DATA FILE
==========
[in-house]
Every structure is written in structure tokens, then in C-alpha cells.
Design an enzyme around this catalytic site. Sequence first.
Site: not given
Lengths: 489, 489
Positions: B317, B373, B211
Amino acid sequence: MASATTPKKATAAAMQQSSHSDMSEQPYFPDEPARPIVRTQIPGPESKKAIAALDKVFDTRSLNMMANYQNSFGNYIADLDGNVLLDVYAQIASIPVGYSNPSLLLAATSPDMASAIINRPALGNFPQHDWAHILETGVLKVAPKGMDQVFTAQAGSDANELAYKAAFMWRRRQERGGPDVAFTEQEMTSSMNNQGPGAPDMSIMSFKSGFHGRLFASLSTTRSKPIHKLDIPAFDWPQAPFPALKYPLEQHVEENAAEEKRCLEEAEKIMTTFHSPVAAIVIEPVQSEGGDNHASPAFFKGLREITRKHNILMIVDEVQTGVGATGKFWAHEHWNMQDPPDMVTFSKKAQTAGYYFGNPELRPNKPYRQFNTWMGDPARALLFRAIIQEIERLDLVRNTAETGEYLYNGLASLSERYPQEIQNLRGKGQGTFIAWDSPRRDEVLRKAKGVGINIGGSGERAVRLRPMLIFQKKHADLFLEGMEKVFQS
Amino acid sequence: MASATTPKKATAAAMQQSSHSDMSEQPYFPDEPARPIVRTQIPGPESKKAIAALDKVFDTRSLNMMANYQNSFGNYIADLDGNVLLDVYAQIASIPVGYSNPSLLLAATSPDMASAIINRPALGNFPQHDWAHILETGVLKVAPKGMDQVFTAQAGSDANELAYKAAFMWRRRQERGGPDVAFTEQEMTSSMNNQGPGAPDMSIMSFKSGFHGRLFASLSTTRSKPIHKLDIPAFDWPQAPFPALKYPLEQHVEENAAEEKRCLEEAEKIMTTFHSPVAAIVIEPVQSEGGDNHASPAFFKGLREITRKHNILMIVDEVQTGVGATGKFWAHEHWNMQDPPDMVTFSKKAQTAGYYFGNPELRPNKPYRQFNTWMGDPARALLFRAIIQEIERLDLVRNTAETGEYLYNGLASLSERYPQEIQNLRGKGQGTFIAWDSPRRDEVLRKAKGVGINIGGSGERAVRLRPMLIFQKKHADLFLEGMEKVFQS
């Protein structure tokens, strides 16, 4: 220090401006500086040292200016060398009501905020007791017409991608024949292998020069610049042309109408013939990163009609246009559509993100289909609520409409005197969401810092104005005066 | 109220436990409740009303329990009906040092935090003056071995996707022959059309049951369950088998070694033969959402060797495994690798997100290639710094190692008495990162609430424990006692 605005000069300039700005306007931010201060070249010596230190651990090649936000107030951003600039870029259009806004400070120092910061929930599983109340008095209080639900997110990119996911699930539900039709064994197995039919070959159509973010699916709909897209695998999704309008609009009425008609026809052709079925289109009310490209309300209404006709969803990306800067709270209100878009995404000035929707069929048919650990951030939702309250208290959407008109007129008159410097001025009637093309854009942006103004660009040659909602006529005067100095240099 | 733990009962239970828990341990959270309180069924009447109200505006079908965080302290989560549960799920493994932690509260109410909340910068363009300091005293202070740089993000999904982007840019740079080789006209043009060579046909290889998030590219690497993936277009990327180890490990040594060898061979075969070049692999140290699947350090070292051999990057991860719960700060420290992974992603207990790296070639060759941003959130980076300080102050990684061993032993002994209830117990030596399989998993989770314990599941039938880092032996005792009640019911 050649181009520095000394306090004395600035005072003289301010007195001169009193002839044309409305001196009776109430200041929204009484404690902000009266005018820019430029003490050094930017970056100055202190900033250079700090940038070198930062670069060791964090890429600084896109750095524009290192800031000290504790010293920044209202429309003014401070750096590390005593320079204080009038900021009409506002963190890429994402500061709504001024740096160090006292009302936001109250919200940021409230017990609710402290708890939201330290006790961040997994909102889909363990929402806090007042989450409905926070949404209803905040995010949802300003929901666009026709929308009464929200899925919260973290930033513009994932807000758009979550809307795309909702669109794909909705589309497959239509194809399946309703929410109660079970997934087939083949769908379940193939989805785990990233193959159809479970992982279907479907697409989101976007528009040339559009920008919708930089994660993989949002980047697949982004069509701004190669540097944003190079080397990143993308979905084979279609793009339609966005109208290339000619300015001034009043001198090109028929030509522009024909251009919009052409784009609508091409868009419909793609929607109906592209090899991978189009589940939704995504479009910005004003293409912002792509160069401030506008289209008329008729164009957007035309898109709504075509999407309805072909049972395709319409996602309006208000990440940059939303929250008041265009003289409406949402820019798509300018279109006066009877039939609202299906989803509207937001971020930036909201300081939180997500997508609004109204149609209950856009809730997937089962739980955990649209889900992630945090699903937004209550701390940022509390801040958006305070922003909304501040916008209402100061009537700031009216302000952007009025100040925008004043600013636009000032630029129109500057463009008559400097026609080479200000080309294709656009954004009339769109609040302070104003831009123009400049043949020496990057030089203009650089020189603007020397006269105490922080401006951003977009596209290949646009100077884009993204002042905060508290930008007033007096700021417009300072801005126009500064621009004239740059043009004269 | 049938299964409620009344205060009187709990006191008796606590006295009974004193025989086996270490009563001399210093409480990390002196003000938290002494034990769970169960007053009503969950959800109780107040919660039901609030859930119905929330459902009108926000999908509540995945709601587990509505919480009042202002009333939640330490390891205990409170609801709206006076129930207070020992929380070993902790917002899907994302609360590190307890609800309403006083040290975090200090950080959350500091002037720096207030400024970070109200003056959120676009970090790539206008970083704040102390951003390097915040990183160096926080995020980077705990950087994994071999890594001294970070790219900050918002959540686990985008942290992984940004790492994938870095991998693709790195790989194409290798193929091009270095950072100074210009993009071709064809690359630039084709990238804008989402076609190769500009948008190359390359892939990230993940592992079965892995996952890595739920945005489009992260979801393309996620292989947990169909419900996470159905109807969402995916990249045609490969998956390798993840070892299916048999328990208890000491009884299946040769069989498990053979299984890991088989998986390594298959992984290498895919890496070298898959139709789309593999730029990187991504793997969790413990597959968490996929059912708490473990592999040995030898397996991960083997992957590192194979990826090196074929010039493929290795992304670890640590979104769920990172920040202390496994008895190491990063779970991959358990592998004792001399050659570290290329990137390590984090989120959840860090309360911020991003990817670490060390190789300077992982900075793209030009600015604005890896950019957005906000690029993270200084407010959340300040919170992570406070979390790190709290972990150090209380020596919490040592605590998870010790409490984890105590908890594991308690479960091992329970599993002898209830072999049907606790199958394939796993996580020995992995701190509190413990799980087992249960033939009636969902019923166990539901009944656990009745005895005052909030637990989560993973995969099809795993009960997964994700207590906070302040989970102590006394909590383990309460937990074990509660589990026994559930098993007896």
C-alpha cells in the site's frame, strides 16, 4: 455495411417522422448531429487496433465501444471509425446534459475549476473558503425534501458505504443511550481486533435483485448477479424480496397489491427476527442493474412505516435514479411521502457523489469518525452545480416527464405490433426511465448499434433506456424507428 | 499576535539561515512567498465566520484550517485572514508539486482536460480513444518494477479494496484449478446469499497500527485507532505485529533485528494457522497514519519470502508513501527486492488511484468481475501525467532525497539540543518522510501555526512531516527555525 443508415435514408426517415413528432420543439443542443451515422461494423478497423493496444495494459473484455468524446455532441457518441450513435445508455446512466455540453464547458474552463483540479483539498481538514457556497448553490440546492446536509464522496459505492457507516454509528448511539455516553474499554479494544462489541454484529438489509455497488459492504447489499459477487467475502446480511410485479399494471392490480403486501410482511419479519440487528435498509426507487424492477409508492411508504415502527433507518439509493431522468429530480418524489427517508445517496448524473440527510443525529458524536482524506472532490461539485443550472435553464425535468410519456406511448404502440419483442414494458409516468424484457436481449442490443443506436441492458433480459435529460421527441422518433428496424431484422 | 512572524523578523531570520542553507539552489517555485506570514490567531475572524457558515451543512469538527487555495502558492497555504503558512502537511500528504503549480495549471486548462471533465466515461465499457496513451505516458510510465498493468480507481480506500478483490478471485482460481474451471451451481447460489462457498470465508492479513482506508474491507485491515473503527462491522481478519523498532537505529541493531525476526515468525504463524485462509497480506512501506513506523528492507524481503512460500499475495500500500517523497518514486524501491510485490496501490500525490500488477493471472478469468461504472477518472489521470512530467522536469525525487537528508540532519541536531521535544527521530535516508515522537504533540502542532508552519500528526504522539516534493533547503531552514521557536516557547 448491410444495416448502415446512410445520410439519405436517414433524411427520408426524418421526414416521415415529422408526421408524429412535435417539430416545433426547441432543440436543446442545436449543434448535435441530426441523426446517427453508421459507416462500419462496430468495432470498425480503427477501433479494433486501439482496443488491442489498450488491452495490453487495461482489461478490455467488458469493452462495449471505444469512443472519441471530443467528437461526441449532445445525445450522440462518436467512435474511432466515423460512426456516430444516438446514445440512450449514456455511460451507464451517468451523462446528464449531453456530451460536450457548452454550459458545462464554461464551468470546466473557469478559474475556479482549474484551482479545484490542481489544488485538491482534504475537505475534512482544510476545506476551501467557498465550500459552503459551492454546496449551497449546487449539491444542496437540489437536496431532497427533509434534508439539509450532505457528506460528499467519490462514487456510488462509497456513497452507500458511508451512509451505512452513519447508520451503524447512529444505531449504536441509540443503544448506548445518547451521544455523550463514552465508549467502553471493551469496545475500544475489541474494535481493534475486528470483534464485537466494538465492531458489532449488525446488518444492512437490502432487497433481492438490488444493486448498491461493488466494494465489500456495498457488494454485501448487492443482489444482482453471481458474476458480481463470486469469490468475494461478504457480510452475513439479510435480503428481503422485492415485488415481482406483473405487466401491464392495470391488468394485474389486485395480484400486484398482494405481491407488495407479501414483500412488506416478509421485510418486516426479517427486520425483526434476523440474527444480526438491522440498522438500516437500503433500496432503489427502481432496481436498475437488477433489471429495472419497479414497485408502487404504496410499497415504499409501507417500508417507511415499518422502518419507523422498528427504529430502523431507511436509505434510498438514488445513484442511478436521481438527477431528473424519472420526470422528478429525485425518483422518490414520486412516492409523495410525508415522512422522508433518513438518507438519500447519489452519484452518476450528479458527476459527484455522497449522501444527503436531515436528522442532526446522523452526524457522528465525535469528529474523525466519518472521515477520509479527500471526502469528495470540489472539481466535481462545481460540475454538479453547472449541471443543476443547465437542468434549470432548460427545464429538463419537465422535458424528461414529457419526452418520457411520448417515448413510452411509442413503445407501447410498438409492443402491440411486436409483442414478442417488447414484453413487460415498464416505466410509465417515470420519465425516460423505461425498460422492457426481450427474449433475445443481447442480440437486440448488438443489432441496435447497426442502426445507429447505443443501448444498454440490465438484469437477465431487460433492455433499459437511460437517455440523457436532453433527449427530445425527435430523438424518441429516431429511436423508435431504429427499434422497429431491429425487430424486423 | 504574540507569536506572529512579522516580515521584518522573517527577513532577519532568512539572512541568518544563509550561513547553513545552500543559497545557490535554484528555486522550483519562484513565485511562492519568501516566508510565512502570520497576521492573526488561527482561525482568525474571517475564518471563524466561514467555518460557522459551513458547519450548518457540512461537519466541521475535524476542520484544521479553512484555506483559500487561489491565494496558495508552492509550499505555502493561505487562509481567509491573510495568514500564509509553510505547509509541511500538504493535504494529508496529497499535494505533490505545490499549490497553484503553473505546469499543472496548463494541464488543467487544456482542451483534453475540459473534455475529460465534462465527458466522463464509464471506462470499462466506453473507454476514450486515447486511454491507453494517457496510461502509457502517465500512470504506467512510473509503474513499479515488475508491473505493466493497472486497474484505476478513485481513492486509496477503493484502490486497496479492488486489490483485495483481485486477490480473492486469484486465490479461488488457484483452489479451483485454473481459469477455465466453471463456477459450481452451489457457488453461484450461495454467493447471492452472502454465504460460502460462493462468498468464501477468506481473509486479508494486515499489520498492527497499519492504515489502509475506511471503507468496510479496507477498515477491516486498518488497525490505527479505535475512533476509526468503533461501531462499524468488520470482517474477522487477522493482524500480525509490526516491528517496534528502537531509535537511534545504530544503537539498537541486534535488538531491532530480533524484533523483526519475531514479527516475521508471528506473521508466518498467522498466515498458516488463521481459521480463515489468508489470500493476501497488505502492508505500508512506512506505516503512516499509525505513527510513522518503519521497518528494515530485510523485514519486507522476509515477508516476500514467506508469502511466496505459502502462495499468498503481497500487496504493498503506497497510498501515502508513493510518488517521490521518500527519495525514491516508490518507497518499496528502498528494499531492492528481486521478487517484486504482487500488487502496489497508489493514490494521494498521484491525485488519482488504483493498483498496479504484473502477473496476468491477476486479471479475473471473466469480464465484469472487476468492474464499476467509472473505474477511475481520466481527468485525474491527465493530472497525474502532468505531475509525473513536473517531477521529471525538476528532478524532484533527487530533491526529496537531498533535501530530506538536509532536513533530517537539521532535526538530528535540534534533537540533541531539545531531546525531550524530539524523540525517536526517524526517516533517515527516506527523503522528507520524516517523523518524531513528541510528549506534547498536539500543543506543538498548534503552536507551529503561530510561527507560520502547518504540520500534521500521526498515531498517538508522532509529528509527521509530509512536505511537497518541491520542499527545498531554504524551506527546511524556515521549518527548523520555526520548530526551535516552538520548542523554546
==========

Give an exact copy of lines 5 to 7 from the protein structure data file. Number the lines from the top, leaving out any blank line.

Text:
Lengths: 489, 489
Positions: B317, B373, B211
Amino acid sequence: MASATTPKKATAAAMQQSSHSDMSEQPYFPDEPARPIVRTQIPGPESKKAIAALDKVFDTRSLNMMANYQNSFGNYIADLDGNVLLDVYAQIASIPVGYSNPSLLLAATSPDMASAIINRPALGNFPQHDWAHILETGVLKVAPKGMDQVFTAQAGSDANELAYKAAFMWRRRQERGGPDVAFTEQEMTSSMNNQGPGAPDMSIMSFKSGFHGRLFASLSTTRSKPIHKLDIPAFDWPQAPFPALKYPLEQHVEENAAEEKRCLEEAEKIMTTFHSPVAAIVIEPVQSEGGDNHASPAFFKGLREITRKHNILMIVDEVQTGVGATGKFWAHEHWNMQDPPDMVTFSKKAQTAGYYFGNPELRPNKPYRQFNTWMGDPARALLFRAIIQEIERLDLVRNTAETGEYLYNGLASLSERYPQEIQNLRGKGQGTFIAWDSPRRDEVLRKAKGVGINIGGSGERAVRLRPMLIFQKKHADLFLEGMEKVFQS